Cave Diving - The Extreme of the Extreme
When you hear the word cave diving, what do you think of? Is it one of divers who go into dark gloomy caves trailing a rope or string so they can find there way back? Then one of that looks awesome how can I do it. You may even ask yourself what exactly is cave diving.
Pushing to the outer limits, when you are told you can only go so far is a great draw to the daredevils of extreme sports. Part of being extreme is being told the limits and not only moving past them, but also pushing past them. For most, that usually does not occur on the first try. There are several tries and possible injuries before this is accomplished. What happens when that boundary has been claimed? You start all over again to push it even farther.
Cave diving presents situations that you would not run into during a normal open or ocean dive. It exposes you to possible life threatening issues if you are not properly prepared. As a cave diver you are not concerned about injuries, since the only real injury that could occur is death, and that is final. It is for this reason cave diving is considered one of the most extreme sports. You can not get much more extreme than the fact that you could easily die if not successful. The fact that you go into unknown, do what others will not attempt or feel can not be done. The fact that you not only survived but accomplished the task brings self confidence. This will carry over to other areas of your life. In the world of a cave diver what could be more of an adrenaline rush than staring down the possibility of death and winning?
Cave Diving - The extreme of the extreme sports
A direct descent is not used in cave diving. It uses what is called a penetration dive. What this means is that you don’t use a vertical ascent to reach the air if trouble starts. The majority of cave divers are well versed in technical diving, but this does not reduce the dangerousness of this extreme sport. Another big draw to cave diving and its risks is the sight of stalactites and stalagmite formations. Then there is the chance of finding archeological items.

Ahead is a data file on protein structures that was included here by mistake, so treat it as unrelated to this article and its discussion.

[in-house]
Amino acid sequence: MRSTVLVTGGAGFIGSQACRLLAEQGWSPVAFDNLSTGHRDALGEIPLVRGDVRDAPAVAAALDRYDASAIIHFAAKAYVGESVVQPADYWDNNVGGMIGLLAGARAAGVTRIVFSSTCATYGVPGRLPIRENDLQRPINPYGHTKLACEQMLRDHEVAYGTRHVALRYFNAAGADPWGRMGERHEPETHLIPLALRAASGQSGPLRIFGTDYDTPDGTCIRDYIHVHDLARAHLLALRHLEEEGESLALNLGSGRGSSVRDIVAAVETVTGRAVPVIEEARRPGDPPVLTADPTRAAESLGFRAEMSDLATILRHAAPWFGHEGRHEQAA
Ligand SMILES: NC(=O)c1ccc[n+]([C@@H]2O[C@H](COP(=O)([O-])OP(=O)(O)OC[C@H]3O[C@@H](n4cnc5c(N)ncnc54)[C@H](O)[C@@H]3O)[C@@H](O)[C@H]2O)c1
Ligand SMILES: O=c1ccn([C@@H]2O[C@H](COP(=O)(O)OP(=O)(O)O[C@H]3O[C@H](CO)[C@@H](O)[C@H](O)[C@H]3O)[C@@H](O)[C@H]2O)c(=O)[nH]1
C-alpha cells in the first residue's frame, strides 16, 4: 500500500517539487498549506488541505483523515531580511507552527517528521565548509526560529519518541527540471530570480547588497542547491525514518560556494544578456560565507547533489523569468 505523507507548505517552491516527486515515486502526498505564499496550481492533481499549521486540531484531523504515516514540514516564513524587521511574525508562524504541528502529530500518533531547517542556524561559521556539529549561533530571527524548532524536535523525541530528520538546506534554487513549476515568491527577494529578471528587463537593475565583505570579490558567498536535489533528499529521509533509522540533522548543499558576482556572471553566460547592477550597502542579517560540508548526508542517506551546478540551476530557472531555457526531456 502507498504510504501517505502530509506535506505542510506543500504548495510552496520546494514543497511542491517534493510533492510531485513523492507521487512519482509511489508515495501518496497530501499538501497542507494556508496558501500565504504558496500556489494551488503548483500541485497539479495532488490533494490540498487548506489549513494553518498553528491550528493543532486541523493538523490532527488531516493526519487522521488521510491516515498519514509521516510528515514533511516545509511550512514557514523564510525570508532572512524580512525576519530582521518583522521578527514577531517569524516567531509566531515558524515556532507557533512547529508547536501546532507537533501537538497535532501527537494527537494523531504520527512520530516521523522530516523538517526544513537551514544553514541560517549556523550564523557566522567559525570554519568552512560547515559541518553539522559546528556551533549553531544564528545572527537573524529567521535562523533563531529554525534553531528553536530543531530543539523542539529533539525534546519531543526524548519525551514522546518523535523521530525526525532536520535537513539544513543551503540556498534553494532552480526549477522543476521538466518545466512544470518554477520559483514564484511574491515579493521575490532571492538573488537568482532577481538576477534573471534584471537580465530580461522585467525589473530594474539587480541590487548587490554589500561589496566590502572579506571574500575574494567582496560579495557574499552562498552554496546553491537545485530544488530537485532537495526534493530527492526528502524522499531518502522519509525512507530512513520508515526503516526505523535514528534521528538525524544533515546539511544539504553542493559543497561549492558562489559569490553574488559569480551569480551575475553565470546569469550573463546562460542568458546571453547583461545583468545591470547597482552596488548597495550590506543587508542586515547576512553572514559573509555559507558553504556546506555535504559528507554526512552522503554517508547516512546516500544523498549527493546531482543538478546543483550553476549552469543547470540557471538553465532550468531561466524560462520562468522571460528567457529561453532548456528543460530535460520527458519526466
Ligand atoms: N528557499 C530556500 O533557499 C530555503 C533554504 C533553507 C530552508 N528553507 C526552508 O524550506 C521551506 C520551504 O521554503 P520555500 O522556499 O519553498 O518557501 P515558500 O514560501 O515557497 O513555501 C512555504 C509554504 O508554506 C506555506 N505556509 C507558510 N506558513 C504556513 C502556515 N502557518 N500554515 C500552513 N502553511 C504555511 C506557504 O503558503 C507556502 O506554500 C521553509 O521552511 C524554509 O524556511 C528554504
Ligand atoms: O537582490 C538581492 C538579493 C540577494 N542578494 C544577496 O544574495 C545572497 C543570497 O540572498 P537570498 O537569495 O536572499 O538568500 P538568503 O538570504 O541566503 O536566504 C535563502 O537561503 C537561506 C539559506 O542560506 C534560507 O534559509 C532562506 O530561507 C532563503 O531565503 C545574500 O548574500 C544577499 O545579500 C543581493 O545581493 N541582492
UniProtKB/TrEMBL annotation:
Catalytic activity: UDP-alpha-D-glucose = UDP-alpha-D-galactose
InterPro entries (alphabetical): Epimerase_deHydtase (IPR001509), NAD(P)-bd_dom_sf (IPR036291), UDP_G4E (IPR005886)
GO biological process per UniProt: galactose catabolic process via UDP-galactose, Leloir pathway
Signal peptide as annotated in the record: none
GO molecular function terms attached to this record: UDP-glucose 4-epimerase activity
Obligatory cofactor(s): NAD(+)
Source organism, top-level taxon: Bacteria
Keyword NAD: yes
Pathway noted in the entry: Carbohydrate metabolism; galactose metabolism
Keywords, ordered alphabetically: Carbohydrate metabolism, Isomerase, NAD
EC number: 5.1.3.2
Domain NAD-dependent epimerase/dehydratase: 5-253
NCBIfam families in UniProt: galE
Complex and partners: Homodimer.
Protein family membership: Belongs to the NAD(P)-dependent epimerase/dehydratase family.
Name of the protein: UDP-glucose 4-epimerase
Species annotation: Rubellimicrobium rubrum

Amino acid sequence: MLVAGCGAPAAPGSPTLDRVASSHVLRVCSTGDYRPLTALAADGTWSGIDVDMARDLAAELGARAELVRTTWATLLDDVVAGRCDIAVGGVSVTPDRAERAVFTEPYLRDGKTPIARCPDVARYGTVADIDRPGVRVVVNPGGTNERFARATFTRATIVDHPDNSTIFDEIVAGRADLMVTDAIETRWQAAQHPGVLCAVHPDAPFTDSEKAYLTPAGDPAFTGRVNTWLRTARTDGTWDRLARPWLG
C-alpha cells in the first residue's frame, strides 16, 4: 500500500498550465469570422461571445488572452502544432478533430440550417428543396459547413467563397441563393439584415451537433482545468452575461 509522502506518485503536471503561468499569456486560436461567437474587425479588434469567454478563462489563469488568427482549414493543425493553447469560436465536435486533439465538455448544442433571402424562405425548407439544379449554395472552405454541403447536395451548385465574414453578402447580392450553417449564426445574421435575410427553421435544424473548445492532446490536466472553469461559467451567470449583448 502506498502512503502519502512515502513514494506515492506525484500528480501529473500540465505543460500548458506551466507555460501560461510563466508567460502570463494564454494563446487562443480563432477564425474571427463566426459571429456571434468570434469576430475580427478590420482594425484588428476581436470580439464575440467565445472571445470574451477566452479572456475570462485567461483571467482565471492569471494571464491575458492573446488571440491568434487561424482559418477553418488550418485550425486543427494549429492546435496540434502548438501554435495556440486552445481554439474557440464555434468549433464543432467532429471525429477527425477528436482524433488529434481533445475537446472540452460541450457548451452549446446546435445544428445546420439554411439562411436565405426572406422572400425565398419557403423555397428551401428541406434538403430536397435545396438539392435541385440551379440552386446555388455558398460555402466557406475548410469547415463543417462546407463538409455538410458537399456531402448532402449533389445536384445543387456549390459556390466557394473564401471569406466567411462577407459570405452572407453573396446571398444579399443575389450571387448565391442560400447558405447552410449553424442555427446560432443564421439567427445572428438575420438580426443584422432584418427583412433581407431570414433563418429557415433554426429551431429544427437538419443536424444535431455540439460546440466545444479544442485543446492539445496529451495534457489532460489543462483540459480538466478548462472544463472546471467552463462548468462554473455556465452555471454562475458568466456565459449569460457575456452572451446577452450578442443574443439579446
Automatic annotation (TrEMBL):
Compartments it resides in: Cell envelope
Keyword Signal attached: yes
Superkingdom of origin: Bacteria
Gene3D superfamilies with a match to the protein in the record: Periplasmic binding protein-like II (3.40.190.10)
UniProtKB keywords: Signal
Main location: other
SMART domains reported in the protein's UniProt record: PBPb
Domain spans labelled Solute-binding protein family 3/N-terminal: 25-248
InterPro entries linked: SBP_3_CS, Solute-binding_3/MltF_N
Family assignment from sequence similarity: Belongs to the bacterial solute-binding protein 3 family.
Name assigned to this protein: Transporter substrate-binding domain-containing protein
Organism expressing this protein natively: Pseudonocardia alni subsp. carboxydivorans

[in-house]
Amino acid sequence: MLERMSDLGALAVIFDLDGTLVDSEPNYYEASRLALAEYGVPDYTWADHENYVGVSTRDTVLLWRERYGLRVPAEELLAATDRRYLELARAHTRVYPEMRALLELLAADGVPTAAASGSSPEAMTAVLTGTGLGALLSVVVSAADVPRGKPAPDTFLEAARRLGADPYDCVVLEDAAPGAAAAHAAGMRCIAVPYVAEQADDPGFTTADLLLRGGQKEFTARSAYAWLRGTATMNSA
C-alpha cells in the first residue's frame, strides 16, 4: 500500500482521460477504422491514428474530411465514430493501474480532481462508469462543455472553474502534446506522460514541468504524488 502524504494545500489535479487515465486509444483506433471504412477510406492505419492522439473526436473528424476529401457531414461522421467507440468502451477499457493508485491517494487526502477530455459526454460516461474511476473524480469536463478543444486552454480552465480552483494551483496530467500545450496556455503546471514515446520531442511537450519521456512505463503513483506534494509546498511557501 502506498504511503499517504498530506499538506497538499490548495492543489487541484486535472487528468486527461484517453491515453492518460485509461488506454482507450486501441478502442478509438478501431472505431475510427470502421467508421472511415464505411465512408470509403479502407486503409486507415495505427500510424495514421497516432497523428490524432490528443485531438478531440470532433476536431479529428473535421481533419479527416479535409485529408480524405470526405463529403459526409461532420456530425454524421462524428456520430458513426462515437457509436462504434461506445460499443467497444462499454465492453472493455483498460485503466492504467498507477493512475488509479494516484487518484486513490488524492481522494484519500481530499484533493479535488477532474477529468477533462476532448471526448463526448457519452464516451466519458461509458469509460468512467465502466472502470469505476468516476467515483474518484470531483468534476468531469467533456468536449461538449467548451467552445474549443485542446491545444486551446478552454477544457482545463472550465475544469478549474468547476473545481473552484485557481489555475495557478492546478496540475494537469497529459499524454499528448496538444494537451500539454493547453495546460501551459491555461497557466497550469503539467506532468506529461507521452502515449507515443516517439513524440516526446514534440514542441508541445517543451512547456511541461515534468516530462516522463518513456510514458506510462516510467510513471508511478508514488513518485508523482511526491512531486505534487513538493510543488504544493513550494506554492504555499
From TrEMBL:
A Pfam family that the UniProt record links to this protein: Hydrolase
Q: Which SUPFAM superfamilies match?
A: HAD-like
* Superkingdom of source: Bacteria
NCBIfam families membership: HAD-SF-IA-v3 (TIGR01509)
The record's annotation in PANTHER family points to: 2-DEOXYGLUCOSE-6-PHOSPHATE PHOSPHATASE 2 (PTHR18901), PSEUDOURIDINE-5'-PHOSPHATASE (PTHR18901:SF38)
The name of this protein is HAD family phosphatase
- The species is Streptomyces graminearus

Extreme cave diving is done in a passage way that has no pockets of air due to the fact that it is flooded. If a malfunction should occur you have no choice but to continue and return to the surface, all this while still underwater. Your body then has a way to make things appear different then they really are when it feels a threat. It if for this reason you need to have some great control to convince your body what it thinks is happening is not really reality. You must have total control over your senses.
The dive is not the only peril but the return also. This is what brings this sport into the extreme category. The return can be complicated and very long. You must keep control over your senses as there can be an illusion of other things happening. One of the complicated things is that your body must readjust from breathing a mixture of oxygen and nitrogen to that of fresh air. The sensation of gravity as they return to solid ground is one of the elements that the thrill seekers are looking for. The fact that one wrong step at any part of the adventure can have disastrous results this is why cave diving is an extreme of the extreme sports.
Andy Jenkins is a staff writer at http://www.sports-gazette.com and is an occasional contributor to several other websites, including http://www.outdoorsportsenthusiast.com